Curiosities and Wonders.

Tom Jones memorialized the way he was always meant to be–on velvet. Image from the velveteria website:

A longtime interest of mine has been contemplating how people choose to spend their time, whether working, avoiding boredom, or engaging in interesting art projects. Some people spend their time doing relatively normal things, and then there are people like Stephanie “Stevie” G. Pierce who chose to spend her time creating the much beloved and missed 24 Hour Church of Elvis. Growing up outside Portland, Oregon in the 80s and 90s, I got to witness all kinds of weirdness like the Church of Elvis, and these places definitely left their mark on me. Although the Portland of today is far less groovy and seedy (and far less cheap), there are still gems to be found there, like the Velveteria (a museum of velvet paintings) and Stark’s Vacuum Museum (self-explanatory).

While recently browsing our catalog I came across the subject heading Curiosities and Wonders and was rewarded with legions of weirdness. I’ve always been interested in curiosities and roadside attractions (the hokier the better) and I am happy to find that the library owns quite a few items on just this topic, a few of which I am about to share with you. Come with me now, on a journey through time and space…

Weird U.S.: A Freaky Field Trip Through the 50 States

There are lots of great pictures in this book covering everything from creepy creatures, to museums of curiosities, to roads and bridges best not traveled. Also, there are goatmen and jackalopes. (And really, who doesn’t love a good jackalope from time to time?)

Weird U.S. The Oddyssey Continues

The people at Weird U.S. just can’t seem to do any wrong. This is a comprehensive collection of weirdness covering everything from roadside attractions, to strange societies, to far-out festivals. They also give a shout out to Bigfoot and the Oregon Vortex which totally warms my heart.

Roadside Attractions

The folks at NPR take an audio roadtrip to the largest ball of twine, the Seattle space needle, and the World’s Largest Prairie Dog, among other oddities.

Weird N.J.: Your Travel Guide to New Jersey’s Local Legends and Best Kept Secrets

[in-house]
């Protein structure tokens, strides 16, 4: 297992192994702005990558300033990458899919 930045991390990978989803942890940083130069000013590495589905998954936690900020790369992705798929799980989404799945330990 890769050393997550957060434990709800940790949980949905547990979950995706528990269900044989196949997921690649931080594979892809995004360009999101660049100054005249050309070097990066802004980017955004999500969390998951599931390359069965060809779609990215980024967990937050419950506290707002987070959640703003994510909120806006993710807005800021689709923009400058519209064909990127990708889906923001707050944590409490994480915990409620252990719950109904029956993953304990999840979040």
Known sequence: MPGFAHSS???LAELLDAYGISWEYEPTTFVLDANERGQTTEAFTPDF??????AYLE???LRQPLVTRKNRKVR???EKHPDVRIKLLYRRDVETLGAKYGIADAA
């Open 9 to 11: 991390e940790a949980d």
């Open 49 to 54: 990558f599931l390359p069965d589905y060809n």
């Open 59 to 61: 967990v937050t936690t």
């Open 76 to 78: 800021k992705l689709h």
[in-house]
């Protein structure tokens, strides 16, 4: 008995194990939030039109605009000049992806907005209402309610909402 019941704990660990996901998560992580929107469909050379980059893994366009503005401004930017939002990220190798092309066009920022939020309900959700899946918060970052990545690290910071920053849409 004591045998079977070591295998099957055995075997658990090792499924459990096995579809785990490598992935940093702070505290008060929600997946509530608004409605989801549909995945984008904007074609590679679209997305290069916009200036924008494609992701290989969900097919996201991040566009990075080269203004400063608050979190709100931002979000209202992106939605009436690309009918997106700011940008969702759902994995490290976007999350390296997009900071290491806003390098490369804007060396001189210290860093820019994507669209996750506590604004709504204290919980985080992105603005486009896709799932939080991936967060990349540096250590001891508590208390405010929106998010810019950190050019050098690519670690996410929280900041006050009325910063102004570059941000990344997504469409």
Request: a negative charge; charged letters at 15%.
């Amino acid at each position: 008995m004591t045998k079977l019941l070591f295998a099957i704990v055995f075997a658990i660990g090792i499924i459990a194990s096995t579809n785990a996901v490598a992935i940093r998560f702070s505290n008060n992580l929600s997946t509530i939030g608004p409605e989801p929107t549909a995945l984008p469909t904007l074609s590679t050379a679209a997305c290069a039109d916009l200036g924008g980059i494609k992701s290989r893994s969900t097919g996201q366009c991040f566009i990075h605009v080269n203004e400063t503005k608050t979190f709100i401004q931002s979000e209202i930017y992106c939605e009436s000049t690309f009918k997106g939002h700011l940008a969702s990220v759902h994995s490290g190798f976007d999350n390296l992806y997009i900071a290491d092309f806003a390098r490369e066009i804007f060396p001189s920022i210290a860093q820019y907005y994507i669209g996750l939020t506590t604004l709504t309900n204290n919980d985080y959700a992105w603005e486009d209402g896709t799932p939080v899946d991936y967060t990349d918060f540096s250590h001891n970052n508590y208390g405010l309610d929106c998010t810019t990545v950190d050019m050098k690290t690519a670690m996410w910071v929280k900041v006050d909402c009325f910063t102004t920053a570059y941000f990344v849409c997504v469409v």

I’ve never been to New Jersey, but after taking a look at this book I feel like maybe I should. I always thought the Pacific Northwest was weird, but New Jersey clearly takes the prize. The best find in this book: Action Park, the

The World’s Most Dangerous Water Slide? From the website:

world’s most dangerous (and now defunct) amusement park (aka Traction Park). This park is something like a 70s slasher film with rollercoasters–it may not appeal to the queasy or easily offended, but will fascinate anyone with a gallows sense of humor.

Superlatives, U.S.A.

Documents everything from the Largest Collection of Peanuts to the Biggest Spinach Can, and everything is indexed state-by-state. Did you know that Pennsylvania has the oldest still-operated drive-in theater outside Allentown, PA?

I recently found out that my own neighborhood in Swissvale, PA houses its own Tourist Trap/Art House called the Trundle Manor. I’ve yet to visit, but want to soon. Check it out here.

All this, of course, makes me wish my impending trip to Oregon was by car rather than plane. I’ll have to settle for some weirdness in my own backyard instead. So how about you, do you have a favorite roadside attraction or weird destination in Pittsburgh?



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9 responses to “Curiosities and Wonders.

  1. My family loves visiting “world’s largests,” and that ball of twine in KS is at the top of our bucket list! We visited Pittsburgh in the early spring of this year on a quest to visit some world’s largests: we found the world’s largest collection of Jurassic dinosaurs at the Carnegie Museum of Natural History, and the world’s largest robotics display at the Carnegie Science Center.
    We were also pretty stoked about all the dinosaurs we discovered still remaining from the 2004 DinoMite Days art project!

  2. lizzy

    Not in Pittsburgh but have always loved the Fremont Troll near Seattle:

  3. Maria

    This isn’t really weird but it may be to others who don’t know who he is. On my drives on the Ohio Turnpike back & forth to Michigan, I always see signs for the Rutherford B. Hayes Presidential Center. The history nut in me really wants to stop and see it sometime!

  4. Oh my gosh!! I knew we were related….but now you are really freaking me out! I too am an afficianado of the unusual and archaic! AMEN!!
    (one of my favorite places in lebanon for instance was this roadside cave in the side of a mountain… that had a whole nativity scene year round!! People bring candles and oil lanterns to keep the “star burning”)

  5. Linda

    Another interesting book in the same vein is Little Museums: 1000 Small and Not-So-Small American Showplaces by Lynne Arany and Archie Hobson. It includes such gems as the Museum of Bad Art in Massachusetts, The Wyandot Popcorn Museum in Ohio, The Frog Fantasies Museum in Arkansas and Pennsylvania’s own Mr. Ed’s Elephante Museum. It is a fun book to peruse.

  6. lizzy

    FYI that the grave of Harry Thaw is found in Allegheny Cemetary in Lawrenceville…

  7. lizzy

    Oops! Cemetery–sorry for the spelling mishap!

  8. Joelle

    Action Park! My favorite amusement park of all time! Although I did watch my friend flip off the alpine slide as a teenager – he was badly road-rashed.

  9. Tara

    Thanks for the comments, all. Linda those attractions all sound pretty great, and I’ll definitely keep my eyes out for the Little Museums book! I’d love to see a list of hidden (and cheap) strange attractions here in Pittsburgh. And Lizzy, I love the Fremont Troll :)


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